Luke Mayernik

Luke Mayernik (b.1981) is a nationally and internationally acclaimed and award winning composer/organist. He won First Place at the American Guild of Organists’ National Competition in Organ Improvisation (2004), and First Place at the International Organ Improvisation Competition hosted by the Royal Canadian College of Organists (2008). In 2004, his Oratorio “In Memoriam: A Requiem for Mister Rogers” was nominated for a Pulitzer Prize and received an interview on NPR’s “All Things Considered.” With over 20 sacred works published in the last five years, Luke continues to write both sacred and secular music noted for its engaging harmony, inventive forms, and cross-genre appeal.

Mr. Mayernik is an Associate of the American Guild of Organists and is currently Director of Music and Organist for St. Anne Parish in Castle Shannon. Mr. Mayernik is also the co-founding/artistic director of OvreArts, Inc., Pittsburgh’s newest non-profit performance ensemble. OvreArts has been named the Ensemble-in-Residence at the Heinz Memorial Chapel, the first ensemble ever to be so named. Luke was honored by the Royal Academy of Music in Split, Croatia with the bronze medal (2011) and gold medal (2012) in Music Composition at the 15th and 16th Annual International Sacred Music Festival and Composition Competition. Mr. Mayernik calls Croatia his “home away from home”, where he gives organ recitals, teaches improvisation at the national music academy, and has works performed. He also continues to teach composition, theory and harmony to students of all ages, both privately and within the academic setting.

Luke’s personal mission is to help young composers discover their individual musical voice and instill within them a passion for artistic growth. Mr. Mayernik continues to present recitals and seminars at national conventions and universities. Recent commissions include a new choral work for the award-winning Tesoro High School Choir which was performed at Carnegie Music Hall in New York and for the American Guild of Organists International Conference in 2016. Luke studied organ with Edgar B. Highberger at Seton Hill University, organ improvisation with Dr. Ann Labounsky at Duquesne University and Composition with Nancy Galbraith at Carnegie Mellon University. His music is also published with Oregon Catholic Press, GIA Publications, World Library Publications and Santa Barbara Music Publishing. Luke resides in Pittsburgh with his wife, Kassidy Grace, and their cat, Sir Thomas Becket. For more info, visit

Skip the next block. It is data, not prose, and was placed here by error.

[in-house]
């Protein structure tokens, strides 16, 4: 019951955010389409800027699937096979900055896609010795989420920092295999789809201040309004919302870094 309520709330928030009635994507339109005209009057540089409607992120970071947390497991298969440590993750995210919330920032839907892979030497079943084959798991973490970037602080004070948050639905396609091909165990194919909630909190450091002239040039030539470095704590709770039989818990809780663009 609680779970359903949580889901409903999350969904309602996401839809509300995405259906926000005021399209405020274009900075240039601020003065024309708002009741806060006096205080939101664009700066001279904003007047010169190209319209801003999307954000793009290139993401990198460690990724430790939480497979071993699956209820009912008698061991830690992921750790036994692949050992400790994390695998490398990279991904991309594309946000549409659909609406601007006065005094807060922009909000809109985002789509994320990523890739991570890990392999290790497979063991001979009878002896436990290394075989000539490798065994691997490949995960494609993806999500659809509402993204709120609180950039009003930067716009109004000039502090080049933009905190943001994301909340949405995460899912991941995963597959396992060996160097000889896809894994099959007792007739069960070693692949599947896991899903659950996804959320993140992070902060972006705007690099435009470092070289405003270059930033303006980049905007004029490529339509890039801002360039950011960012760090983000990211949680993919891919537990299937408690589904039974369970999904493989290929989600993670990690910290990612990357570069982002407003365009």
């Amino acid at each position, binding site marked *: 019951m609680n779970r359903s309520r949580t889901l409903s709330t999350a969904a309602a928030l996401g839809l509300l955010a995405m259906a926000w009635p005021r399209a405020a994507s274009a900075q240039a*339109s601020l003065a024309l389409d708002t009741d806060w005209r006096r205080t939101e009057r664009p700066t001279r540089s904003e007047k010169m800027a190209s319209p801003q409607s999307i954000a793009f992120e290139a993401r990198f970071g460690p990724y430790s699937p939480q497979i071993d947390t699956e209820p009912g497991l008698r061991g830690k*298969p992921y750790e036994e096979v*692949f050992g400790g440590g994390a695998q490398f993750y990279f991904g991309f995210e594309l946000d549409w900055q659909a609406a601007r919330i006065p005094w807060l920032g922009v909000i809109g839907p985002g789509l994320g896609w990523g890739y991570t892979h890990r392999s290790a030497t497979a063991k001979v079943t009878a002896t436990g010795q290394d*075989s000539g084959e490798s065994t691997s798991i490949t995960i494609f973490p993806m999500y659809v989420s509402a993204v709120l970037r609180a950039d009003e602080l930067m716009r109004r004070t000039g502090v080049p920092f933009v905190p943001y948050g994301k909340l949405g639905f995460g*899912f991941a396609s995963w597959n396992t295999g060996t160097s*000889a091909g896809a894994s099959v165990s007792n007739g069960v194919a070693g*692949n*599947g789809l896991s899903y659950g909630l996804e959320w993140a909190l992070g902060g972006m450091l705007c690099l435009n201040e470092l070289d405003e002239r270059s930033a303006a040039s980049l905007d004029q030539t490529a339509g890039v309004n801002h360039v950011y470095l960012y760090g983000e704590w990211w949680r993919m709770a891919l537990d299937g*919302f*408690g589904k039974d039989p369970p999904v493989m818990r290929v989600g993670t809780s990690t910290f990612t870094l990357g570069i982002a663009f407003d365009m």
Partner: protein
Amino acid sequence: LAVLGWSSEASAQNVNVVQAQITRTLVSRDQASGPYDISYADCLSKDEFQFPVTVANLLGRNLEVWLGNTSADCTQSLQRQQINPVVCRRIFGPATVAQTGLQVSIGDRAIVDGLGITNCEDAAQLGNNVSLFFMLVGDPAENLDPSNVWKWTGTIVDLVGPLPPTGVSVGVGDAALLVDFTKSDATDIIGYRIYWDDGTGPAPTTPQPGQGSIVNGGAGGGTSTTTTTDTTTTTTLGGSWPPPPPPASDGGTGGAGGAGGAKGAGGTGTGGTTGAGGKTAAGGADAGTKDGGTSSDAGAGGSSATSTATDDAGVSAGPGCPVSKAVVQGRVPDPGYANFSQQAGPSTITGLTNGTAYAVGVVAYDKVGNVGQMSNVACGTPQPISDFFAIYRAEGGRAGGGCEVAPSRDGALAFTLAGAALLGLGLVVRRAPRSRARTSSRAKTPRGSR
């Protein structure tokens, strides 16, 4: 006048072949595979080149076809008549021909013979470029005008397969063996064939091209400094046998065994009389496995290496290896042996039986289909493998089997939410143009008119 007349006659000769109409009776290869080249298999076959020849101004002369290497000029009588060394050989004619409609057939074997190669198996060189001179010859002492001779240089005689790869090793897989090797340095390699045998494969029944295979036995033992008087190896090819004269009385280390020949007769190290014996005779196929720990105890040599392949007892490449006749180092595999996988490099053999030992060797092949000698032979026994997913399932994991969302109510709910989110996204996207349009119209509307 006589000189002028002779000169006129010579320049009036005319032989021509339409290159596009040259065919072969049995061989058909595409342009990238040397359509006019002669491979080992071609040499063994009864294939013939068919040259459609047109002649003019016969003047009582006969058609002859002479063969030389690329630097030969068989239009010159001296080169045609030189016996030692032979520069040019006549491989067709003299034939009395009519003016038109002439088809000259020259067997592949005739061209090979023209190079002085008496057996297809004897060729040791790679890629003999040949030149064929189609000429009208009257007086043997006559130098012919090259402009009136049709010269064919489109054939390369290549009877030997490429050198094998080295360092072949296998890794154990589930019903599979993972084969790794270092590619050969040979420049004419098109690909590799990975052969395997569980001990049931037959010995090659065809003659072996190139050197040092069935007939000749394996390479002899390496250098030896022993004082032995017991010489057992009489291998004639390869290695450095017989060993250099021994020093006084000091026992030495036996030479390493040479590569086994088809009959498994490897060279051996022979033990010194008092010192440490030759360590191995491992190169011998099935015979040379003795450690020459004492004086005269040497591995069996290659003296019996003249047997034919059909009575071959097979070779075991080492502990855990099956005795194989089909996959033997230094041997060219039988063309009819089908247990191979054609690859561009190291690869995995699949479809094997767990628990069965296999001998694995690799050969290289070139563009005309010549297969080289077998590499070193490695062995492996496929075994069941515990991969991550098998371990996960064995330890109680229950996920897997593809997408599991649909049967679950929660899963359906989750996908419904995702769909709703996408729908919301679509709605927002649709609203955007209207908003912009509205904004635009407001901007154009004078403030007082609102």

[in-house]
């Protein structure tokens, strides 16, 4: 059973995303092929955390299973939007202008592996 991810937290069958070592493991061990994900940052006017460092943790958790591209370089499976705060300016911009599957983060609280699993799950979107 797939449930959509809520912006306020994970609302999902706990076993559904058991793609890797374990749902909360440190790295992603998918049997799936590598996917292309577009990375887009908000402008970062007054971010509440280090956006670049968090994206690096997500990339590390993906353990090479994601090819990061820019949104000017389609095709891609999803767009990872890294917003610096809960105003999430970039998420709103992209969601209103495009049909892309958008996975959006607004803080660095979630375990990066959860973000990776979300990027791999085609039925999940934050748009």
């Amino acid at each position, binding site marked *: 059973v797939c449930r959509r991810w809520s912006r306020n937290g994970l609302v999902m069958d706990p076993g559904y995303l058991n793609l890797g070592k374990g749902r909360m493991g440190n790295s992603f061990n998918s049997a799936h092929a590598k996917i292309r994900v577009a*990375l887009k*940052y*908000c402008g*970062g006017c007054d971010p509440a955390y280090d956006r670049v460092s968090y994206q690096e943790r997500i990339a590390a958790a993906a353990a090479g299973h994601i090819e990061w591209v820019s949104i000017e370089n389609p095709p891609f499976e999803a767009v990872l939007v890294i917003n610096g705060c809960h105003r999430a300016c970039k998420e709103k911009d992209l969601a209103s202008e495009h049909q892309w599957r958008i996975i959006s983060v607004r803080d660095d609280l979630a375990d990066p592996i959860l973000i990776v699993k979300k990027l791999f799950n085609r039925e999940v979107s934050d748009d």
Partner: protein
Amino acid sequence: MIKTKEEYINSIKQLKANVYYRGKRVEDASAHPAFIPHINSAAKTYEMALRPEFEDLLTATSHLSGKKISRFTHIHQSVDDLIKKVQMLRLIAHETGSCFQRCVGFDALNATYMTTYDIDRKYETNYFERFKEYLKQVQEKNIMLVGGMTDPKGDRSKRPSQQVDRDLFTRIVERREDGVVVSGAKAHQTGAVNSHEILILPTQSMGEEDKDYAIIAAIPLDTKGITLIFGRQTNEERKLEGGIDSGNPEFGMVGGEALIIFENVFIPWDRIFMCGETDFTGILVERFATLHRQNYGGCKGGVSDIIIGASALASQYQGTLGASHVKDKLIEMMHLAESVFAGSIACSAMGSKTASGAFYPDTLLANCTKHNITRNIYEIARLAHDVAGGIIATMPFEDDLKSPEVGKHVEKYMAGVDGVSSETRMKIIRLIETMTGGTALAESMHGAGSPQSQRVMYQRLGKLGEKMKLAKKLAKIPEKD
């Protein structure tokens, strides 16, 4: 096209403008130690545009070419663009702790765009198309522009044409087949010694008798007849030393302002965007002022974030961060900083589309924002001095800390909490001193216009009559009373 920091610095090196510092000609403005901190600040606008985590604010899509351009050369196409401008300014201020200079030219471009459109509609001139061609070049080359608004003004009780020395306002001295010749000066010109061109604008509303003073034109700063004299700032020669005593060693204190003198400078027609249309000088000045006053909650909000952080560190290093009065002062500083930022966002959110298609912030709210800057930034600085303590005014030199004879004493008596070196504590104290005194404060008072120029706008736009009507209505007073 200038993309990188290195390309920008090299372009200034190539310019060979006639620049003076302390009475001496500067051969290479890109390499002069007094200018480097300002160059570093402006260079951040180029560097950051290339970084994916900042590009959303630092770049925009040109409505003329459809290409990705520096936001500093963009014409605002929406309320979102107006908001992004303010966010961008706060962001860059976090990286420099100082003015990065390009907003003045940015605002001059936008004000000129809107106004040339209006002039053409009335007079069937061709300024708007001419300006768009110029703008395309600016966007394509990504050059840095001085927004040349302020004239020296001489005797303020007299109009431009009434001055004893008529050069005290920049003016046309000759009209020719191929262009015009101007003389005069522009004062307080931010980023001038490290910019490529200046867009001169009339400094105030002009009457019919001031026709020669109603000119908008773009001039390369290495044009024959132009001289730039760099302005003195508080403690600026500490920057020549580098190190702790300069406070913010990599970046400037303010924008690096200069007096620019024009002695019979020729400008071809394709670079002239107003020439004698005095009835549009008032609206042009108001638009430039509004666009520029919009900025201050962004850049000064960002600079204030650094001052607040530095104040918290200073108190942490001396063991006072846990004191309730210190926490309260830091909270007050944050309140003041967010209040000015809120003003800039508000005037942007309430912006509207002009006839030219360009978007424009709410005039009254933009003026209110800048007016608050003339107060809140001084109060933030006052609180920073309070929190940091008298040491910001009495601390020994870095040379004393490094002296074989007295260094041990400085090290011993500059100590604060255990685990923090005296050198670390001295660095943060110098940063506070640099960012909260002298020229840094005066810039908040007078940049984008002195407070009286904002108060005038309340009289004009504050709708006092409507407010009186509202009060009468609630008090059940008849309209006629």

Compositions by Luke Mayernik

1: (Easy) No divisi in voice parts, accompaniment doubles or supports vocal parts, diatonic, symmetrical phrases, textures mostly homophonic, simple rhythms, stepwise voice leading (conjunct), moderate ranges, no extended techniques, and limited sustained singing.

2: (Medium Easy) Limited divisi, voices somewhat independent from accompaniment, some chromatics, phrases may be longer or more fragmented, mostly homophonic, moderate rhythmic complexity, some difficult intervals (disjunct motion), moderate ranges, extended techniques are simple, limited sustained singing.

3. (Medium) Limited divisi, unaccompanied, or with independent accompaniment (voice parts not doubled), many chromatics, phrases of varying lengths, more contrapuntal textures, moderately complex rhythms, some difficult intervals (disjunct motion), moderately difficult/challenging ranges, extended techniques are potentially challenging, and some sustained singing.

4. (Medium Difficult) Abundant divisi, unaccompanied, or accompanying instruments are fully independent from voice parts, many chromatics and/or key changes, long and/or broken phrases, potentially little homophony, complex rhythms, many difficult intervals (disjunct motion), difficult/challenging ranges, potentially difficult extended techniques, and a demand for sustained singing.

5. (Difficult) Adundant divis, unaccompanied, or accompanying instruments are fully independent from voice parts, many chromatics and/or key changes, long and/or broken phrases, potentially little homophony, complex rhythms, extreme ranges, use of challenging or unusual extended vocal techniques, abundant sustained singing.